Logo Polskiego Radia

Polish foundation backed by donors with Russian passports: report

PR dla Zagranicy
Grzegorz Siwicki 06.12.2017 13:14
Donors to a Polish organisation that reportedly called for the conservative government in Warsaw to be overthrown have Russian passports, even though the group denies ties with the Kremlin, according to a news website.
The Kremlin. Photo: Ludvig14 [CC BY-SA 3.0 (https://creativecommons.org/licenses/by-sa/3.0)], via Wikimedia CommonsThe Kremlin. Photo: Ludvig14 [CC BY-SA 3.0 (https://creativecommons.org/licenses/by-sa/3.0)], via Wikimedia Commons

The Open Dialog Foundation, which "drew up a 16-point plan to overthrow the Polish government in the summer" and which says its aims include fighting Vladimir Putin's regime in Russia, has denied suggestions of ties and cooperation with the Kremlin, calling such allegations “false and harmful,” the wpolityce.pl online news service reported.

But wpolityce.pl says it has seen “the Russian passports” of some of the people who were the foundation’s biggest donors from 2012 to 2014.

Generous donors

Among the donors, wpolityce.pl listed names such as “Jewgieniowicz Agarkow,” who it said donated PLN 441,895 (some EUR 105,000, USD 124,000) to the Open Dialog Foundation in 2013 and 2014, and “Teneszew Maksim Matwijowicz,” who reportedly donated PLN 64,457 to the foundation in 2012.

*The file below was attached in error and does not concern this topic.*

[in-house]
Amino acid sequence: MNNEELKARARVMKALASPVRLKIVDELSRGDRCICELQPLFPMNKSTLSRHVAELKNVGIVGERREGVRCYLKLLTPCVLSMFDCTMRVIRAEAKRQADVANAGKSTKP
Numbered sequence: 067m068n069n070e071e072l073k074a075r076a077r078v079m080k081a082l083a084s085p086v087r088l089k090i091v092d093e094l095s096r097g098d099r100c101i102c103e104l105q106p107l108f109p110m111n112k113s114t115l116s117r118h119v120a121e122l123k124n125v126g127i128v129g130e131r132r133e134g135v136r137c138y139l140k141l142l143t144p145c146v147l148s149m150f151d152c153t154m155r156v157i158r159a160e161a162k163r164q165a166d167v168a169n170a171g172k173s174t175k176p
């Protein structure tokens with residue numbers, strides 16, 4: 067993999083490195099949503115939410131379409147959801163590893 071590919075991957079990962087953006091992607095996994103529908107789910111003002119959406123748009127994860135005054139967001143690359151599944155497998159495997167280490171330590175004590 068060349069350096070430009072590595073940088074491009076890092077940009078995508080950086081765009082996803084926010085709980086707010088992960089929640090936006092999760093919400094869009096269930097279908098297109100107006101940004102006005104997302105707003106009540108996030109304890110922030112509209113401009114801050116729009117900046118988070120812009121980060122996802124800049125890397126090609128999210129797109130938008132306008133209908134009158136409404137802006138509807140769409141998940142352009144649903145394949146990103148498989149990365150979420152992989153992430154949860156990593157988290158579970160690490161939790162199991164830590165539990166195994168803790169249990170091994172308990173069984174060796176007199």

The foundation’s donors also reportedly included “Władimir Iwanowicz Browczenko, former director of the ZSS Majak company based in Sevastopol," Crimea, who, according to wpolityce.pl, in 2013 supported the foundation with PLN 176,353.

Among those who “enjoy the trust of the Russian regime” and hold a Russian passport, are also the brother and mother of the foundation’s head, Ludmiła Kozłowska, wpolityce.pl said, adding that the Russian administration issued the passports to Peter Kozłowski and Sidonia Kozłowska after the annexation of Crimea in February 2014.

According to wpolityce.pl, “in the Russian passport system,” which is “strictly controlled” by the country’s Federal Security Service (FSB), the main successor agency to the KGB, “there is no room for those who oppose Vladimir Putin's policies.”

The website also said that it is “surprising to see Russian passports in the hands of the family members of those who claim they aim to fight against the Russian regime.”

Ludmiła Kozłowska has denied her brother has “anything to do with Russia,” the website noted.

Earlier this year, Poland’s public broadcaster TVP reported that the Open Dialog Foundation, which says it seeks to protect human rights, democracy and the rule of law in the post-Soviet region, has received funding from Russian businesses.

TVP cited commentators as saying that Russian security services may have been involved in supporting the foundation.


Source: wpolityce.pl

tags: FSB, Russia
Copyright © Polskie Radio S.A About Us Contact Us